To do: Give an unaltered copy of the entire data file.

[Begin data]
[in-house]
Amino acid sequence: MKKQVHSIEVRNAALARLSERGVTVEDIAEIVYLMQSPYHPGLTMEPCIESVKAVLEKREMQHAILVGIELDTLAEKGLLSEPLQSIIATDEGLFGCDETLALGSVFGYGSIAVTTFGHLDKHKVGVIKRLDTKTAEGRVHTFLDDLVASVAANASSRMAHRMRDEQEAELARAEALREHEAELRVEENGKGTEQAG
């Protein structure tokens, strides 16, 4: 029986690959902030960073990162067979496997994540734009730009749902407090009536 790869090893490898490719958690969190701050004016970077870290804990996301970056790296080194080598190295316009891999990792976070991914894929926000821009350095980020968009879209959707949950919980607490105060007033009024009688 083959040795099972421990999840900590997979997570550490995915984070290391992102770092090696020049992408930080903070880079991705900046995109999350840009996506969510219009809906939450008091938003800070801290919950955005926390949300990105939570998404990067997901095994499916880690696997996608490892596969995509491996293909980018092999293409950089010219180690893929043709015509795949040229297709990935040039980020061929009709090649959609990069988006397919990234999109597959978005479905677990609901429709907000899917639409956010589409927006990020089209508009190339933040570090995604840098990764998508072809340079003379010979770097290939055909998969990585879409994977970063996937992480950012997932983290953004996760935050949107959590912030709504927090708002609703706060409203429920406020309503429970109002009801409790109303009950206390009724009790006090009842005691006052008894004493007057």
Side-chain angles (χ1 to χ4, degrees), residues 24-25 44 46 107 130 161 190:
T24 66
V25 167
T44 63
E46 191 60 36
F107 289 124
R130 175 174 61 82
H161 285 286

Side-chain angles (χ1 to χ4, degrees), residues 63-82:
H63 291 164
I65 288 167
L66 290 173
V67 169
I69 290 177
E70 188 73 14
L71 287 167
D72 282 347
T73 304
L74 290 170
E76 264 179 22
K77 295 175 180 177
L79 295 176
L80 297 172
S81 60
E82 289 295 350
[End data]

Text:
[in-house]
Amino acid sequence: MKKQVHSIEVRNAALARLSERGVTVEDIAEIVYLMQSPYHPGLTMEPCIESVKAVLEKREMQHAILVGIELDTLAEKGLLSEPLQSIIATDEGLFGCDETLALGSVFGYGSIAVTTFGHLDKHKVGVIKRLDTKTAEGRVHTFLDDLVASVAANASSRMAHRMRDEQEAELARAEALREHEAELRVEENGKGTEQAG
């Protein structure tokens, strides 16, 4: 029986690959902030960073990162067979496997994540734009730009749902407090009536 790869090893490898490719958690969190701050004016970077870290804990996301970056790296080194080598190295316009891999990792976070991914894929926000821009350095980020968009879209959707949950919980607490105060007033009024009688 083959040795099972421990999840900590997979997570550490995915984070290391992102770092090696020049992408930080903070880079991705900046995109999350840009996506969510219009809906939450008091938003800070801290919950955005926390949300990105939570998404990067997901095994499916880690696997996608490892596969995509491996293909980018092999293409950089010219180690893929043709015509795949040229297709990935040039980020061929009709090649959609990069988006397919990234999109597959978005479905677990609901429709907000899917639409956010589409927006990020089209508009190339933040570090995604840098990764998508072809340079003379010979770097290939055909998969990585879409994977970063996937992480950012997932983290953004996760935050949107959590912030709504927090708002609703706060409203429920406020309503429970109002009801409790109303009950206390009724009790006090009842005691006052008894004493007057």
Side-chain angles (χ1 to χ4, degrees), residues 24-25 44 46 107 130 161 190:
T24 66
V25 167
T44 63
E46 191 60 36
F107 289 124
R130 175 174 61 82
H161 285 286

Side-chain angles (χ1 to χ4, degrees), residues 63-82:
H63 291 164
I65 288 167
L66 290 173
V67 169
I69 290 177
E70 188 73 14
L71 287 167
D72 282 347
T73 304
L74 290 170
E76 264 179 22
K77 295 175 180 177
L79 295 176
L80 297 172
S81 60
E82 289 295 350